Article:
Members of the Blacklist Support Group say they are delighted their campaign has received national recognition, despite not winning Liberty’s Human Rights Campaigner of the Year Award.
The group, which was nominated for “its steadfast support of construction workers who have been denied their livelihoods by being on a blacklist by employers”, was up against the Open Rights Group, Change.org and 38 Degrees.
The joint winners were the Open Rights Group and 38 Degrees.
Liberty director Shami Chakrabarti said: “Liberty is honoured to be celebrating the inspiring achievements of our nominees, every one of whom is to be commended for the real impact their work has had in safeguarding rights and liberties.
“In this climate of secret courts and Snoopers’ Charters and amidst continuing attacks upon the Human Rights Act, it is more important than ever that their efforts are awarded the recognition that they so deserve.”
BSG member Dave Smith told UnionNews although he was disappointed not to win, he felt privileged to have been nominated.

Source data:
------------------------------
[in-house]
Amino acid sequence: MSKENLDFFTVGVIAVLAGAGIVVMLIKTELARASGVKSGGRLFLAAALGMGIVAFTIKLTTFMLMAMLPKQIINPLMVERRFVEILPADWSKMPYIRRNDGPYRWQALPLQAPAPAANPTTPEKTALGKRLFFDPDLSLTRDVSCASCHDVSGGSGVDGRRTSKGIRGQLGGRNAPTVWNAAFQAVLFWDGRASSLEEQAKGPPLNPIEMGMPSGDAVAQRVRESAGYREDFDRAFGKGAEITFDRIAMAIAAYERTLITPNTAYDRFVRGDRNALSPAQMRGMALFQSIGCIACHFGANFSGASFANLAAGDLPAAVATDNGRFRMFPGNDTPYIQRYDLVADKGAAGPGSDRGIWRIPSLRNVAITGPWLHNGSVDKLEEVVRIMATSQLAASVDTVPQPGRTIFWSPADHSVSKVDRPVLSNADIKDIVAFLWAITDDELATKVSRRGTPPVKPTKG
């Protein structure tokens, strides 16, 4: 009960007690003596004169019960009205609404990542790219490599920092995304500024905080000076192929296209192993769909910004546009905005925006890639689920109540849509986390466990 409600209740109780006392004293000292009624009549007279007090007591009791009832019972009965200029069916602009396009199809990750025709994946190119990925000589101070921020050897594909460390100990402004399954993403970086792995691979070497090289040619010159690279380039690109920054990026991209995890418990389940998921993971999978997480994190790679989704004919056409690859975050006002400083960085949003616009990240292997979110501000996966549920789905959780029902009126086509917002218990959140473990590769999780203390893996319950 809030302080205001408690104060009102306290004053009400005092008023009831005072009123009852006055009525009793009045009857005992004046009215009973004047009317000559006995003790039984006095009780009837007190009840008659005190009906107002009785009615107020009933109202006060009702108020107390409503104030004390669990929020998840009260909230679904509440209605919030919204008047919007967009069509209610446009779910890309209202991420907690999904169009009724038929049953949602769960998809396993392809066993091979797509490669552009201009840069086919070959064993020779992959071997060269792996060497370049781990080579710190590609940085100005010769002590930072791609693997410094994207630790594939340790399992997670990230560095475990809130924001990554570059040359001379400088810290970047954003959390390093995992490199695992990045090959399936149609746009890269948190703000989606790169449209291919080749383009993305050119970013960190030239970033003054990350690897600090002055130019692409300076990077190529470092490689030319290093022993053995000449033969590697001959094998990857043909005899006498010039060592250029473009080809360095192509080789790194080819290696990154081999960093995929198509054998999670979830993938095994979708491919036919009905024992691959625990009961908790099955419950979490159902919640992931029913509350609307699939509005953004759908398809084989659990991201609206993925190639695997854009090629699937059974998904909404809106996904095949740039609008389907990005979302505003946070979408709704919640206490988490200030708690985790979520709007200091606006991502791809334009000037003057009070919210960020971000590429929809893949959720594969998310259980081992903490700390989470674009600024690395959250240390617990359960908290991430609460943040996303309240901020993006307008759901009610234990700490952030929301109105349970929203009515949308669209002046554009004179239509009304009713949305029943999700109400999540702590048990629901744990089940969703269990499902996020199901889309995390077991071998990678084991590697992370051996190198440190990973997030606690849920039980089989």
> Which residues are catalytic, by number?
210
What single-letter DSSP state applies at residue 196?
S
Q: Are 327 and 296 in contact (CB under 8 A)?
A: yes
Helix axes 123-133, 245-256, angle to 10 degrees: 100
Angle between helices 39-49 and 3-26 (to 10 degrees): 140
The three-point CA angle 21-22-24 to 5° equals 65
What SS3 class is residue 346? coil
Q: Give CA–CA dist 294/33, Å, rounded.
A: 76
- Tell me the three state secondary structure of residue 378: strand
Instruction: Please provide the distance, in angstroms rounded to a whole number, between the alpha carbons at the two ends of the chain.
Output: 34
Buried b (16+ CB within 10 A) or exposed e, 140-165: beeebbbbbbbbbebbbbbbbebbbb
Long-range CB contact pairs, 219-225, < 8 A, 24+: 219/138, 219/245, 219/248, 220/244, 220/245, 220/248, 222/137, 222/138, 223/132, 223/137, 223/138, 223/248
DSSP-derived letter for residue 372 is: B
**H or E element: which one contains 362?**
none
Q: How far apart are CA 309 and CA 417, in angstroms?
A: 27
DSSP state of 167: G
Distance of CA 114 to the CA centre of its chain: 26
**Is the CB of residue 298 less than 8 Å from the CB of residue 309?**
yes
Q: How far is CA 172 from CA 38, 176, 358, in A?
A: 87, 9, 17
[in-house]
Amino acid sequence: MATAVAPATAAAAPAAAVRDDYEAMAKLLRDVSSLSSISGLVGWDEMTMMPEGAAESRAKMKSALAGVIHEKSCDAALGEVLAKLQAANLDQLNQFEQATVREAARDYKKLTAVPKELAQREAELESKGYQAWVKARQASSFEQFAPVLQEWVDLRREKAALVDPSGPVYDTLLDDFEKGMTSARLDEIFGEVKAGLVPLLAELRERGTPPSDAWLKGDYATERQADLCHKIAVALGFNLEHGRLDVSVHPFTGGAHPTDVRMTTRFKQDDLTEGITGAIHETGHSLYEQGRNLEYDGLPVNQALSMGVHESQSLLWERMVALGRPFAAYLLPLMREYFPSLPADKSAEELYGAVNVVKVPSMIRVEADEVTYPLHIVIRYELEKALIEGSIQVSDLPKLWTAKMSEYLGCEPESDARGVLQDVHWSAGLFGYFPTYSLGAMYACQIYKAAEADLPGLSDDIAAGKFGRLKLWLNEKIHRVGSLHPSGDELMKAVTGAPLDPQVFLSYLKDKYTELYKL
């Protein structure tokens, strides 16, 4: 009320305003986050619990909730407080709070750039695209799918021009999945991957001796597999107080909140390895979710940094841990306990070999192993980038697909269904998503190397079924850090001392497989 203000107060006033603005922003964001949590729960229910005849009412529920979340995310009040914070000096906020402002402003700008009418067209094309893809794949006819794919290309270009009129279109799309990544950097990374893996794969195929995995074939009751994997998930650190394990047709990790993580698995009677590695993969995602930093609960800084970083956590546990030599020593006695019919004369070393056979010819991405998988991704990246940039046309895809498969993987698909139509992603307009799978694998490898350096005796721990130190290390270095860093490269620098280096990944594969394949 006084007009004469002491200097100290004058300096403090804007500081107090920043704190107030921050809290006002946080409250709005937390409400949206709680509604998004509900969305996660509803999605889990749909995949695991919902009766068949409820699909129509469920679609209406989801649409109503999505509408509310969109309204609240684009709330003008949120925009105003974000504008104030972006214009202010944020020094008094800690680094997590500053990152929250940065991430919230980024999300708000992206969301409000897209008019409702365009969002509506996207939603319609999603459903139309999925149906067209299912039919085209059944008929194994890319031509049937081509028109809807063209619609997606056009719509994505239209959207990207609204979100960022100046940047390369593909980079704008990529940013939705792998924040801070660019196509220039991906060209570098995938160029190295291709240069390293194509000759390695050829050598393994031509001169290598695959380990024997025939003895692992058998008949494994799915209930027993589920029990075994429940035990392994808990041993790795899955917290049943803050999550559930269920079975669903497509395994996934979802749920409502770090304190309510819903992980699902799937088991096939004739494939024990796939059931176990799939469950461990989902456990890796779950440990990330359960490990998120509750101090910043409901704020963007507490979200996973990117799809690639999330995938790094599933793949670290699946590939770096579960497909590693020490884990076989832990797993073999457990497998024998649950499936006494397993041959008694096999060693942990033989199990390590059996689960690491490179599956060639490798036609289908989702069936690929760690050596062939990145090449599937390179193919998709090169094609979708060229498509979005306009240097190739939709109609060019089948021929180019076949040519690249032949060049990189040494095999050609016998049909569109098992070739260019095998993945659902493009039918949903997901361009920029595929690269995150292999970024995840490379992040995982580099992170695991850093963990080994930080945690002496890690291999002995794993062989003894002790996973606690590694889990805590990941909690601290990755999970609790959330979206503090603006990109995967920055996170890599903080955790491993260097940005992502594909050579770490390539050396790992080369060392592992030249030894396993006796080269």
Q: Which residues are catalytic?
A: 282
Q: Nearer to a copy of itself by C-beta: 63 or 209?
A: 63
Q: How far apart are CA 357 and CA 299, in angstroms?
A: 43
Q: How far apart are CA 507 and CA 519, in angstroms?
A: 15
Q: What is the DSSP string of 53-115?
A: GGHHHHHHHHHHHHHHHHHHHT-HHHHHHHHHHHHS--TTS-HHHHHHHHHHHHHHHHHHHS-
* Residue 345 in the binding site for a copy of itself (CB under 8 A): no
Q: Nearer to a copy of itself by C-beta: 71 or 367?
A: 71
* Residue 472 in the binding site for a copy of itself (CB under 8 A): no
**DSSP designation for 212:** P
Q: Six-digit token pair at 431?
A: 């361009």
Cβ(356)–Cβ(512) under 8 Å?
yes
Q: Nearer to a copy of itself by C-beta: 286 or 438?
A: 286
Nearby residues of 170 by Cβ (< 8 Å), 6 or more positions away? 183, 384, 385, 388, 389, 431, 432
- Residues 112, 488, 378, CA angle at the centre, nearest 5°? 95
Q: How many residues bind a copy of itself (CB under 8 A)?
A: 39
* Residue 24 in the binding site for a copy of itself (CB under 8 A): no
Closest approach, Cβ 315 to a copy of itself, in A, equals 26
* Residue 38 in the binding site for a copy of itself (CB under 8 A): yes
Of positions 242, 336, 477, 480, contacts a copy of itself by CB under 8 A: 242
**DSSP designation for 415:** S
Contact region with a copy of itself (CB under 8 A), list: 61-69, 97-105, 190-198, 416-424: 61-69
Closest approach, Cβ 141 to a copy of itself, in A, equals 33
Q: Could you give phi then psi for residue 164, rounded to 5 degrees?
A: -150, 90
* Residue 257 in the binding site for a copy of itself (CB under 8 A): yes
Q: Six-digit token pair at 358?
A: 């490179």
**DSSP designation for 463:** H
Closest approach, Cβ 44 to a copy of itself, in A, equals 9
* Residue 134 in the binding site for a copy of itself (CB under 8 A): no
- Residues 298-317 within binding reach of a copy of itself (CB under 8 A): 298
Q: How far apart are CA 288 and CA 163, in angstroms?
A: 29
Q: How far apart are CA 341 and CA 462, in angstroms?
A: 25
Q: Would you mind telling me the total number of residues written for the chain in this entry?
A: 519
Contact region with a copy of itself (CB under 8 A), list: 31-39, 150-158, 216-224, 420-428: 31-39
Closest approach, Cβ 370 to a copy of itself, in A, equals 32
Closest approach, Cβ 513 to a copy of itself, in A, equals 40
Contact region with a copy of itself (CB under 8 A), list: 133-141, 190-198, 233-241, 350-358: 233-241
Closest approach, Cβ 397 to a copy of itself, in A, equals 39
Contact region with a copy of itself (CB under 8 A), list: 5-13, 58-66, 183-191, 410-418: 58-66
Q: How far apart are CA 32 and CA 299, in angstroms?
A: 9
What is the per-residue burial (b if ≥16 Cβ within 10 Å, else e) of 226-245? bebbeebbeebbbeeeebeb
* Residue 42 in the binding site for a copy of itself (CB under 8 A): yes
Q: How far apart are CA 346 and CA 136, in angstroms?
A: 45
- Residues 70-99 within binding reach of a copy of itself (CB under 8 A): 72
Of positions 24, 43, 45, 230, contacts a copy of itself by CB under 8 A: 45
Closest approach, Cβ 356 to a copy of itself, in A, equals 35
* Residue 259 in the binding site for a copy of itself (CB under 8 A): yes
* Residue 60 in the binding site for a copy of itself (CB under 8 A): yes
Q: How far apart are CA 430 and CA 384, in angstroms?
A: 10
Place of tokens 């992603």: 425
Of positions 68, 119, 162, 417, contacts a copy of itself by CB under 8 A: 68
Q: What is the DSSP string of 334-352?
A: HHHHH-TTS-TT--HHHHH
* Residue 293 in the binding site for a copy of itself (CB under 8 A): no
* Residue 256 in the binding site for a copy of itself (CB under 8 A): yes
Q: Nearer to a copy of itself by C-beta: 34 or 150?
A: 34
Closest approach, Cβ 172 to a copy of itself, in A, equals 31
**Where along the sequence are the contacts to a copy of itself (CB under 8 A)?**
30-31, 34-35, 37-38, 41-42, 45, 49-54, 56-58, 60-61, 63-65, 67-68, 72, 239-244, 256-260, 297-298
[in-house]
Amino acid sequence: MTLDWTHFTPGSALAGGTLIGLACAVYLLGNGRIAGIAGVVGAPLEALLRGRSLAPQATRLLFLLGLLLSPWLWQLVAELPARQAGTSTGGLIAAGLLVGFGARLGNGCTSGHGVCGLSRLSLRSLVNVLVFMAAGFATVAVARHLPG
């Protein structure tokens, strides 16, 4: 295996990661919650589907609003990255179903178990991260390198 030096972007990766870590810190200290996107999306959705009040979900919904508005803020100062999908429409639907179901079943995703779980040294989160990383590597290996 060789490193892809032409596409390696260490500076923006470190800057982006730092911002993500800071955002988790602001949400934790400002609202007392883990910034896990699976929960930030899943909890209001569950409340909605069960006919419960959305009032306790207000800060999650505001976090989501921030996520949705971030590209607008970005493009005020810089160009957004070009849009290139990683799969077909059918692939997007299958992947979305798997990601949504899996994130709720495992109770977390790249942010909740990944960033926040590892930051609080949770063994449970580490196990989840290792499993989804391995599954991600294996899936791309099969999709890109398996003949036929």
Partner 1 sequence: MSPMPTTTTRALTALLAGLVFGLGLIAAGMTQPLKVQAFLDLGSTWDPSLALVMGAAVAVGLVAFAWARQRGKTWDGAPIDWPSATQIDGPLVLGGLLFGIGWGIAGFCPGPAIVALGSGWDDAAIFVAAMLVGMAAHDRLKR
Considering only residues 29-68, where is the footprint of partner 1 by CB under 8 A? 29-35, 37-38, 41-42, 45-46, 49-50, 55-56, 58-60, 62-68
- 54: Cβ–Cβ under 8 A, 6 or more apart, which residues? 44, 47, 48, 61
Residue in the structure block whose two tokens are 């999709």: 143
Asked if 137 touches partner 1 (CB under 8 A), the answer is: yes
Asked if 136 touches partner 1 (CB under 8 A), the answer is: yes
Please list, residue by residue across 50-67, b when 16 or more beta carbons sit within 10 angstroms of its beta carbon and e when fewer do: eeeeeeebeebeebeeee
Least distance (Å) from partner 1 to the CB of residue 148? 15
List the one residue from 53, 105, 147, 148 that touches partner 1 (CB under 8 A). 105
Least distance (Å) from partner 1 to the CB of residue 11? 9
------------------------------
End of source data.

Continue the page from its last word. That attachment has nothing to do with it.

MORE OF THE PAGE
He said: “We’re humbled to be in the presence of greatness. Just to be in the same room as the Hillsborough family campaigners [who won the Human Rights 'Long Walk' Award] was impressive. To be here with people supporting the fight for civil liberties and human rights is absolutely fabulous. Just to be nominated is a step in the right direction.”
Fellow member Steve Kelly added: “It’s absolutely fantastic to be here – hopefully we’ll win it next year.”
And Frank Morris, who was blacklisted after the Olympics, said: “The fight goes on. None of the workers who have been blacklisted have got jobs – the fight goes on until we get justice.”
The awards were a star-studded affair, hosted by Sandi Toskvig and with appearances by Benedict Cumberbatch, Rowan Atkinson and Emile Sande.
In the last year, the BSG has secured a House of Commons investigation into the extent of blacklisting in the construction industry and has played a key role in preparations for a class action legal case seeking compensation for some of the victims of blacklisting.
The group has also helped co-ordinate efforts to persuade the information watchdog to release full details of the extent of unlawful surveillance of trade union members carried out by the notorious Consulting Association dating back to the 1980s.